safflower

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safflower,

Eurasian thistlelike herb (Carthamus tinctorius) of the family Asteraceae (asteraster
[Gr.,=star], common name for the Asteraceae (Compositae), the aster family, in North America, name for plants of the genus Aster, sometimes called wild asters, and for a related plant more correctly called China aster (Callistephus chinensis
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 family). Safflower, or false saffron, has long been cultivated in S Asia and Egypt for food and medicine and as a costly but inferior substitute for the true saffronsaffron,
name for a fall-flowering plant (Crocus sativus) of the family Iridaceae (iris family) and also for a dye obtained therefrom. The plant is native to Asia Minor, where for centuries it has been cultivated for its aromatic orange-yellow stigmas (see pistil).
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 dye. In the United States, where it is sometimes called American saffron, it is more important as the source of safflower oil, which has recently come into wide use as a cooking oil. Safflower is classified in the division MagnoliophytaMagnoliophyta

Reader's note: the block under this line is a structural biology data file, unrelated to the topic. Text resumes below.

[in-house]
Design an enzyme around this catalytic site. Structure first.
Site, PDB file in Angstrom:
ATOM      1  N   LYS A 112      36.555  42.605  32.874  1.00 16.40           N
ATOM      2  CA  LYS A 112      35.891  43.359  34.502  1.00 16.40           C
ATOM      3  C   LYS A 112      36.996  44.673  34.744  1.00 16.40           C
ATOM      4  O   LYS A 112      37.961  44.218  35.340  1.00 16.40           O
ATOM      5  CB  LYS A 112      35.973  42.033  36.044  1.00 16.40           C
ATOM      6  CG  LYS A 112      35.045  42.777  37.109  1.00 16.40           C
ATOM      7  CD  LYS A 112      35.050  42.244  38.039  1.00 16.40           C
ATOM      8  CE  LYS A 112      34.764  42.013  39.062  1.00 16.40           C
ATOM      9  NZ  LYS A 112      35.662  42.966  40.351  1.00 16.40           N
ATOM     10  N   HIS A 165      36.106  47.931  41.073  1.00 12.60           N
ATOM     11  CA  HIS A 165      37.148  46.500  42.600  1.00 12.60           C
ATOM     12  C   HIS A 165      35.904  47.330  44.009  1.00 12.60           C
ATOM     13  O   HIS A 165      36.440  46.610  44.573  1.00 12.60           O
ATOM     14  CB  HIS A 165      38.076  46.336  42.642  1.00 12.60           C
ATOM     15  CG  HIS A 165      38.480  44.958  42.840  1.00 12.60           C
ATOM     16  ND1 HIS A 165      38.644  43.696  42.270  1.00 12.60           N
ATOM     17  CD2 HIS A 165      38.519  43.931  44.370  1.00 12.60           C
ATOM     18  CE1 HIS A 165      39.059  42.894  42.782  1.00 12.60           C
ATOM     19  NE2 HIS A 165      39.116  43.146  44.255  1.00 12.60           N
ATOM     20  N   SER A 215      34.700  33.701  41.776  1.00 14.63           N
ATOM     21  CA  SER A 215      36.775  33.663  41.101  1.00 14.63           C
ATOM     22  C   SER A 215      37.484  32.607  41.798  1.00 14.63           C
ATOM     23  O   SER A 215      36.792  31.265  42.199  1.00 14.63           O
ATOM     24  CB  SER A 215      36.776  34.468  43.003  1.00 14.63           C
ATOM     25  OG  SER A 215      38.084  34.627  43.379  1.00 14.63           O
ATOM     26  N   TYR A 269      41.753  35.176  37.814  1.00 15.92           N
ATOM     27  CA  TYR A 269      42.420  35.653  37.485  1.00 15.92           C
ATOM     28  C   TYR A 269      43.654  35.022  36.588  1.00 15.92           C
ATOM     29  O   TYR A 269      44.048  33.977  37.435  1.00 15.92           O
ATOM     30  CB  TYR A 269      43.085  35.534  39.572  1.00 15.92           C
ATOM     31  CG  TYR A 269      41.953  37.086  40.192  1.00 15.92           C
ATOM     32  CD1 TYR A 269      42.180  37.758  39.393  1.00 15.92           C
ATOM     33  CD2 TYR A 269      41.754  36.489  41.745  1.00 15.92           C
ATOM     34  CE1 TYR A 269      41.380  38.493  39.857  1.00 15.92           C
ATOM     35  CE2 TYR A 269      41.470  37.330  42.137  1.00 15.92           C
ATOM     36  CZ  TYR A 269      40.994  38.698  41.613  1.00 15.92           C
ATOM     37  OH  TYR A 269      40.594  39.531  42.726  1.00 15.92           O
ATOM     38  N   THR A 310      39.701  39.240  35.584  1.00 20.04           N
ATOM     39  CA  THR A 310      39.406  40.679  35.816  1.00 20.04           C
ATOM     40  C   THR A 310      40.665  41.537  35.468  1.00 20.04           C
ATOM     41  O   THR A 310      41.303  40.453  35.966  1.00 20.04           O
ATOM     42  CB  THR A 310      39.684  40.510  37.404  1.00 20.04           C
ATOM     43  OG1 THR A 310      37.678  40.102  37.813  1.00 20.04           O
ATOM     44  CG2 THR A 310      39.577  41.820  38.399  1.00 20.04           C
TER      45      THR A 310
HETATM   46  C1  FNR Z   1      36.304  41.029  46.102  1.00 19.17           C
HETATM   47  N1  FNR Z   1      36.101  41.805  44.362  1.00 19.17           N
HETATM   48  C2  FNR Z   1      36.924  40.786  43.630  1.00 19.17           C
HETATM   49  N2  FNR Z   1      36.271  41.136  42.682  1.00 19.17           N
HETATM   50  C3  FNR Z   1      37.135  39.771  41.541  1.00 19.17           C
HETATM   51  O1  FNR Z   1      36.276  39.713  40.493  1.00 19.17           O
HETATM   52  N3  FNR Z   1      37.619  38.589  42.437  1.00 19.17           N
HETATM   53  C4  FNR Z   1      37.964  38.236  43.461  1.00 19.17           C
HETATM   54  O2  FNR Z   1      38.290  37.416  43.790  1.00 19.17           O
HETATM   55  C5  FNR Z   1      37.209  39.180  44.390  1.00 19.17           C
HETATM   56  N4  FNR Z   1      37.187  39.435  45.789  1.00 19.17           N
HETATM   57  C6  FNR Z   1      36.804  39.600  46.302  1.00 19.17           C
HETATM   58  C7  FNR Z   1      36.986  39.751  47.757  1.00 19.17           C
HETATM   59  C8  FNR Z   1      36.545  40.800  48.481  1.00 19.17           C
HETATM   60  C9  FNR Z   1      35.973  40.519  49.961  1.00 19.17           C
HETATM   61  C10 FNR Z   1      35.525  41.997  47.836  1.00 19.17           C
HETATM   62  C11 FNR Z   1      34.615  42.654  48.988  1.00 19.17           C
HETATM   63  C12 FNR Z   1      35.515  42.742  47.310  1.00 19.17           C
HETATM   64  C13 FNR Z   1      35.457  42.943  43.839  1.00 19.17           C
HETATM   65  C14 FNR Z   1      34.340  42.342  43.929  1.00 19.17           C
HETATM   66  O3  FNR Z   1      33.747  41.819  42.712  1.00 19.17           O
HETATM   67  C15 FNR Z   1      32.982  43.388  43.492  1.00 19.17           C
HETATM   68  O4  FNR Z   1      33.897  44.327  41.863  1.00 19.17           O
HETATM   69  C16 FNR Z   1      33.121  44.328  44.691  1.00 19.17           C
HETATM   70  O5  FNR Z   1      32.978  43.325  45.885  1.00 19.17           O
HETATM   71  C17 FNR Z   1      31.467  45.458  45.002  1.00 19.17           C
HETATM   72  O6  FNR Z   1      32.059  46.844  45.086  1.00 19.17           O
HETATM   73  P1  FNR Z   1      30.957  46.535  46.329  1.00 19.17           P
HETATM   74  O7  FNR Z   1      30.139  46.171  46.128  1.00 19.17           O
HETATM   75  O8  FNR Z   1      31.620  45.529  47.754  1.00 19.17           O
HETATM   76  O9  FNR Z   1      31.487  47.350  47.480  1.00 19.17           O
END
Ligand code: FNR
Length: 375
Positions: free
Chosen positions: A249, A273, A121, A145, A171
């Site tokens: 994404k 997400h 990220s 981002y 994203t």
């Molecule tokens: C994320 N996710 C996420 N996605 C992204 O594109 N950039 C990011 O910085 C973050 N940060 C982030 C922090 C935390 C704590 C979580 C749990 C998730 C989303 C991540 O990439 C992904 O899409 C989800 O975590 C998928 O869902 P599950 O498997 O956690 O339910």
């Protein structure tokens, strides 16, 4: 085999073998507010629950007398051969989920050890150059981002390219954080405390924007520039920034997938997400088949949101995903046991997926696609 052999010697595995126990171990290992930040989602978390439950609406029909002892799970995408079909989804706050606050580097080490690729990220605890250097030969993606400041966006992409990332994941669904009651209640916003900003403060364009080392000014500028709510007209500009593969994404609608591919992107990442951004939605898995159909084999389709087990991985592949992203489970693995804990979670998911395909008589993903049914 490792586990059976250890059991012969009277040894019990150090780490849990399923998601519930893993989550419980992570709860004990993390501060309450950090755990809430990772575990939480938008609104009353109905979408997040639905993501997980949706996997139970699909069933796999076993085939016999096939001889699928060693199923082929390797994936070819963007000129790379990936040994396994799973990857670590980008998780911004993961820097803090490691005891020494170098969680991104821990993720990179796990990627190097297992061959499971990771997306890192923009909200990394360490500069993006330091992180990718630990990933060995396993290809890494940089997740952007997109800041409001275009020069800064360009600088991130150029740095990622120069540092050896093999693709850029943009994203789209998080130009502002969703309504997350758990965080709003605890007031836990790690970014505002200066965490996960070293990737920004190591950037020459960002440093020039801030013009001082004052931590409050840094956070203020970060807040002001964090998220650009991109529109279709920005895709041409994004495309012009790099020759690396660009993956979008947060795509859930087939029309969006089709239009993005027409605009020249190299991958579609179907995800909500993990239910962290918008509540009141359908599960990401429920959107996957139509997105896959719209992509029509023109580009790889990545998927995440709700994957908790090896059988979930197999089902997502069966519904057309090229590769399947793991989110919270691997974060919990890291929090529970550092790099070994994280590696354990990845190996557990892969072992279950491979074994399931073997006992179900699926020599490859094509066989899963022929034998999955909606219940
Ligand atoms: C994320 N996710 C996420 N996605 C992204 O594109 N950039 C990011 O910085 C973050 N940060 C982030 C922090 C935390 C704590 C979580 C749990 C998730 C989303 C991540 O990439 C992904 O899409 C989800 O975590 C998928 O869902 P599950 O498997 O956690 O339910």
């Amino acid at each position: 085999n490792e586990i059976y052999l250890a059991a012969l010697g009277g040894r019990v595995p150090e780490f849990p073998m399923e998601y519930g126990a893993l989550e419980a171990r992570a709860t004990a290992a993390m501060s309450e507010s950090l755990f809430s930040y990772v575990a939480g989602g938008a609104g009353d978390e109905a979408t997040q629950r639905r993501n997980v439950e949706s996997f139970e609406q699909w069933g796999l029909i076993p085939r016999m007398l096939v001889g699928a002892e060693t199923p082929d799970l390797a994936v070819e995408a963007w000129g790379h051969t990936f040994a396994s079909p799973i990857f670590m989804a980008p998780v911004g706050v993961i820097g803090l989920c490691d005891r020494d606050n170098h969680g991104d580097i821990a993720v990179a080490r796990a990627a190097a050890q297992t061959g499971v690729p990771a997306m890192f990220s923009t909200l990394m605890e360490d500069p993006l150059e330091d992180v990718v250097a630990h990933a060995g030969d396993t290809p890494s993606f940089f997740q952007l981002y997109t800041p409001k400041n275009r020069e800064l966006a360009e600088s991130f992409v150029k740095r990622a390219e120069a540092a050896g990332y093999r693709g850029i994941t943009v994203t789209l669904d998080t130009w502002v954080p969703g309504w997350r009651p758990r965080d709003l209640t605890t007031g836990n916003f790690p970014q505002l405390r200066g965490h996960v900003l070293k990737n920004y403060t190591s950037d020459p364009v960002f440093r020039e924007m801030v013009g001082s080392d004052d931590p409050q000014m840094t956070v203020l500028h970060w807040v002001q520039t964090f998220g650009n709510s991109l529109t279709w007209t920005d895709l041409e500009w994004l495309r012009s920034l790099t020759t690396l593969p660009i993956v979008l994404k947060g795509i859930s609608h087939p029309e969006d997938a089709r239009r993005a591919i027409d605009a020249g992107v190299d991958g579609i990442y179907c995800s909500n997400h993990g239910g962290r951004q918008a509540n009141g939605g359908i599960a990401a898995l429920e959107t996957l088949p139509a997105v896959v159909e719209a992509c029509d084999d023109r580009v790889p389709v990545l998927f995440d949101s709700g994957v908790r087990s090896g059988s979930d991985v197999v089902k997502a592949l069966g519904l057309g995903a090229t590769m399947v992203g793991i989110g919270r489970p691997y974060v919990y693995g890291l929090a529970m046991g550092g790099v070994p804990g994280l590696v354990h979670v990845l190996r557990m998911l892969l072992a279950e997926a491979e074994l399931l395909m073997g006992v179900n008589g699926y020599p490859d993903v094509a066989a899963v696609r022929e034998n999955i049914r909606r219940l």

, division of the plant kingdom consisting of those organisms commonly called the flowering plants, or angiosperms. The angiosperms have leaves, stems, and roots, and vascular, or conducting, tissue (xylem and phloem).
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, class Magnoliopsida, order Asterales, family Asteraceae.
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safflower

safflower

Dried flowers are used as a less expensive substitute for saffron. Safflower is extremely effective in lowering cholesterol levels. Laxative effect helps bowel movements. Encourages menstruation and treats abdominal pains. Helps skin heal open wounds and bruises. Used for all kinds of skin disorders like rashes, measles. Tea used for hysteria, panic attacks, fevers, mucus. Yellow, orange or red globular flowers, one to five per branch. Each flower contains 15-20 seeds, which are the source of the famous safflower oil (flavorless and colorless, like sunflower oil) Safflower seeds can be used in bird feeders instead of sunflower seeds because squirrels don’t like them. Safflower oil is also used as a medium for oil paints. If you want to use natural pigments and dyes, mix them with safflower oil to paint.

safflower

[′sa‚flau̇·ər]
(botany)
Carthamus tinctorius. An annual thistlelike herb belonging to the composite family (Compositae); the leaves are edible, flowers yield dye, and seeds yield a cooking oil.

safflower

a thistle-like Eurasian annual plant, Carthamus tinctorius, having large heads of orange-yellow flowers and yielding a dye and an oil used in paints, medicines, etc.: family Asteraceae (composites)